A management information system (MIS) is set of internal controls that aid company management in running a business on a daily basis. The MIS is not just a computer information system that gathers information, but an overall decision-making tool used by management.
All businesses today utilize some form of a technological information system in their company. Using an automated system to record and process business transactions is essential to running a profitable company and responding to market fluctuations. However, information systems are best for just collecting and reporting company information; management must still review and use the information for achieving company goals.
The information reported by the MIS will help management find areas that need improvement in their company. How this information is used to correct business operations relies on the style of management used in a business. Using a de-centralized management style allows for corrections to be made by the front-line manager; this allows for a great deal of autonomy in management positions. Centralized management styles rely on top-level managers to correct business operations.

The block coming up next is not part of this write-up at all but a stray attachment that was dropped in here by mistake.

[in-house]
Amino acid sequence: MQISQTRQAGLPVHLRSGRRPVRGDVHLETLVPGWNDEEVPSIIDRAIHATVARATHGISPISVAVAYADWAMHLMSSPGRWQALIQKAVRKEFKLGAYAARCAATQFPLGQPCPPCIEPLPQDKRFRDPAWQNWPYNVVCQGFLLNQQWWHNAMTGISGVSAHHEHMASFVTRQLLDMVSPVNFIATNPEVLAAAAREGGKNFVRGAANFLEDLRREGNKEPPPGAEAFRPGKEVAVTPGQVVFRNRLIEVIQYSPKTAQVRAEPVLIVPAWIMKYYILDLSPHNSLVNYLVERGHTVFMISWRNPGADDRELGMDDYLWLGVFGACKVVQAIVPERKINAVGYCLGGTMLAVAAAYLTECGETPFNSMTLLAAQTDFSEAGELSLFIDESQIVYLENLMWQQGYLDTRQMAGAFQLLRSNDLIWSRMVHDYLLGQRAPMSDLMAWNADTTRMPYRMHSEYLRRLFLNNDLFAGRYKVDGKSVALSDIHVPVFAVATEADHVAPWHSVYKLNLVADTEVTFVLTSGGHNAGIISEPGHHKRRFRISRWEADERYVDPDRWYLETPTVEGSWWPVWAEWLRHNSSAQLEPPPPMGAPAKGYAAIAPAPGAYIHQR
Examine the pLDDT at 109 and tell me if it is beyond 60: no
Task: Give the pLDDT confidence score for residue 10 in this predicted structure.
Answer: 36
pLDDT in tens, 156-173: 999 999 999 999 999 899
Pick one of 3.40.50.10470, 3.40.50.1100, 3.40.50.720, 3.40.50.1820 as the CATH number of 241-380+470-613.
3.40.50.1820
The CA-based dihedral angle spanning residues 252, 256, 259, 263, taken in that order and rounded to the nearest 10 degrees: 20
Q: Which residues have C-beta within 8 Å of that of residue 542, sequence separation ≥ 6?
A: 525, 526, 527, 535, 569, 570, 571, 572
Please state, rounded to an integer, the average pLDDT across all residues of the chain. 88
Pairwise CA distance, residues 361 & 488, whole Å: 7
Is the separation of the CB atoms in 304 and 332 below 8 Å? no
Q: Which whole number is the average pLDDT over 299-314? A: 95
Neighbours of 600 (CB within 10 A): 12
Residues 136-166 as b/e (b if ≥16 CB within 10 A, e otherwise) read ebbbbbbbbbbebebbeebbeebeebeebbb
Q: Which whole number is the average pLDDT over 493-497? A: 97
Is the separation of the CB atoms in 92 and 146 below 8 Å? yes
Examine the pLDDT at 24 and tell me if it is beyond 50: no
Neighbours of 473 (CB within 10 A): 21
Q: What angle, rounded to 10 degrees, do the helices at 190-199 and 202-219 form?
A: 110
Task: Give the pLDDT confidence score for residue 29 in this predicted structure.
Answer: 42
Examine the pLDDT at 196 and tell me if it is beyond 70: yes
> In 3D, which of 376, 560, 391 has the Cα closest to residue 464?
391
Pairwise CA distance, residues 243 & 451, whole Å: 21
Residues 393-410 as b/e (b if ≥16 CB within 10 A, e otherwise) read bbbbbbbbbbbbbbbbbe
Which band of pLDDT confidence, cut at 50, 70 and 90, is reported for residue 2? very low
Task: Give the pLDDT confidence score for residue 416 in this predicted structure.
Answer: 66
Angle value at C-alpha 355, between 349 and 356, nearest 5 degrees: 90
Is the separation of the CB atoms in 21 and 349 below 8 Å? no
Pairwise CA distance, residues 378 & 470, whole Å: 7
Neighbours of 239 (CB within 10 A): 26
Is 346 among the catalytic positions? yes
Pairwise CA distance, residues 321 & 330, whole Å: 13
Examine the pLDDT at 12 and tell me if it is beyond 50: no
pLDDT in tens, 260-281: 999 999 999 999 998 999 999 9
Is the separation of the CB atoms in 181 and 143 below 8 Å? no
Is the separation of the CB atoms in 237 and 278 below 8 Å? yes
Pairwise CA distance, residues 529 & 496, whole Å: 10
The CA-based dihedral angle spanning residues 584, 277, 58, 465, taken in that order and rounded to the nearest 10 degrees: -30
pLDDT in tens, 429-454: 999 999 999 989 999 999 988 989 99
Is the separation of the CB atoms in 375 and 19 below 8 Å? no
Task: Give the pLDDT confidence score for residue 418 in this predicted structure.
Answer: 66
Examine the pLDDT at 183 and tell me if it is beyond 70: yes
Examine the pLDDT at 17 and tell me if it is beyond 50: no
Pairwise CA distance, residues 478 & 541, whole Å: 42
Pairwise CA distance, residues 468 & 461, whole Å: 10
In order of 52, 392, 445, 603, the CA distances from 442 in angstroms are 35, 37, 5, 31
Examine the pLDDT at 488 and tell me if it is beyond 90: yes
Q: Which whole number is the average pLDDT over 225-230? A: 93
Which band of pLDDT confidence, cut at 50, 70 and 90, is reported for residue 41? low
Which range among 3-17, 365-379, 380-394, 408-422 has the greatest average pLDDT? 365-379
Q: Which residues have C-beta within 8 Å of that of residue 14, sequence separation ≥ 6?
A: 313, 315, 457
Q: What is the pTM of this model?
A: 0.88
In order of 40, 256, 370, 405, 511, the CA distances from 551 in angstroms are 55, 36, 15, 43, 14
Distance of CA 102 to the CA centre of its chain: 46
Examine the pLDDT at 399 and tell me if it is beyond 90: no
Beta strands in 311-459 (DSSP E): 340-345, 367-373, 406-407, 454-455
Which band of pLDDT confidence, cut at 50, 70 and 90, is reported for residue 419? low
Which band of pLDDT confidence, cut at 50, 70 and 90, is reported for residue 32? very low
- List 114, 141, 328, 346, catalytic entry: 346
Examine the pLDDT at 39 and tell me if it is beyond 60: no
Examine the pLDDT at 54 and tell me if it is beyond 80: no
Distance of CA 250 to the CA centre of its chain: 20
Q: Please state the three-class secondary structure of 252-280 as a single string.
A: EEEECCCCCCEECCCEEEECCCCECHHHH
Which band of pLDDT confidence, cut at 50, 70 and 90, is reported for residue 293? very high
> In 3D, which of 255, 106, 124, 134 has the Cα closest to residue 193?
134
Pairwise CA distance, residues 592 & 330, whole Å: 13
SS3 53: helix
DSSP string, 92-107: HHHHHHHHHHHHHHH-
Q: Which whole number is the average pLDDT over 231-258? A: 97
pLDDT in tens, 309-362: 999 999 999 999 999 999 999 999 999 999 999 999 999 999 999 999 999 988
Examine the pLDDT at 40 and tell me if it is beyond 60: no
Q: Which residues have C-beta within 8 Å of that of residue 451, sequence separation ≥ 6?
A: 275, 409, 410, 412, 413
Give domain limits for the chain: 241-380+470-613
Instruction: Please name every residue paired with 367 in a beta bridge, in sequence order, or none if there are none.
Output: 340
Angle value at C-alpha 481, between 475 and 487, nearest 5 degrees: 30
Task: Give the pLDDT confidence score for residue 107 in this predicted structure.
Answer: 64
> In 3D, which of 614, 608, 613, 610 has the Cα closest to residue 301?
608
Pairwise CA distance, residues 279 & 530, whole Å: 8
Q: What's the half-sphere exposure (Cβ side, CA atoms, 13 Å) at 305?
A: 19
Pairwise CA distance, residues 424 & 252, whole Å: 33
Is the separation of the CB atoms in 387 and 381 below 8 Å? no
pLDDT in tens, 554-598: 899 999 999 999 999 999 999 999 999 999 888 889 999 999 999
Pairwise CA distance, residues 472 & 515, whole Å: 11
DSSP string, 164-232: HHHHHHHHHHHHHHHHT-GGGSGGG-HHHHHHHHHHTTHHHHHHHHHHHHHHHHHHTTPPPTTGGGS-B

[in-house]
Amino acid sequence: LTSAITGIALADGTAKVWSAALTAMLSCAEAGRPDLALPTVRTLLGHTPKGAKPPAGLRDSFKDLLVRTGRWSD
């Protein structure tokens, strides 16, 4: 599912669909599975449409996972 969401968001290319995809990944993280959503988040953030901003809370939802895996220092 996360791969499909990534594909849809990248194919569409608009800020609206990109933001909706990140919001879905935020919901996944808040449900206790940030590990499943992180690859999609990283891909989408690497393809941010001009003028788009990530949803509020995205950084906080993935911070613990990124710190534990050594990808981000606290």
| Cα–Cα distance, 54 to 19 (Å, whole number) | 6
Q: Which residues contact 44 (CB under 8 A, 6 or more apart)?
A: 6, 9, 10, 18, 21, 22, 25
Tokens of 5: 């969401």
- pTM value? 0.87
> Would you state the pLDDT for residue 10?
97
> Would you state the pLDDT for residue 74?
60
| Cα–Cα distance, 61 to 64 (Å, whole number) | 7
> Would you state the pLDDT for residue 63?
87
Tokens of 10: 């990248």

MIS reporting helps business understand how well they are utilizing the resources of their business. Production facilities, asset management, and labor are examples of resources that must be reviewed by management. Inefficiently using resources can raise costs and limit growth of a company, creating lower profit margins and reduced sales.
All companies use some form of a decision process when reviewing the information gathered from their MIS. Each piece of information is reviewed and used to decide whether operations should be increased or decreased, new markets found for products, or profit margins increased. The decision process includes all parts of the company management, seeking to create the most informed decision possible relating top the reported information.
Proper communication aids the success of management decisions based on the information from the MIS. Communication allows top-level management to discuss the information will department level and front-line managers, creating a downward communication flow for decisions. Upward communication is also important regarding decisions, allowing front-line employees an opportunity to discuss the MIS information with upper management. Open communication lines allow companies to receive input from all employee levels, making the best decisions from the MIS information.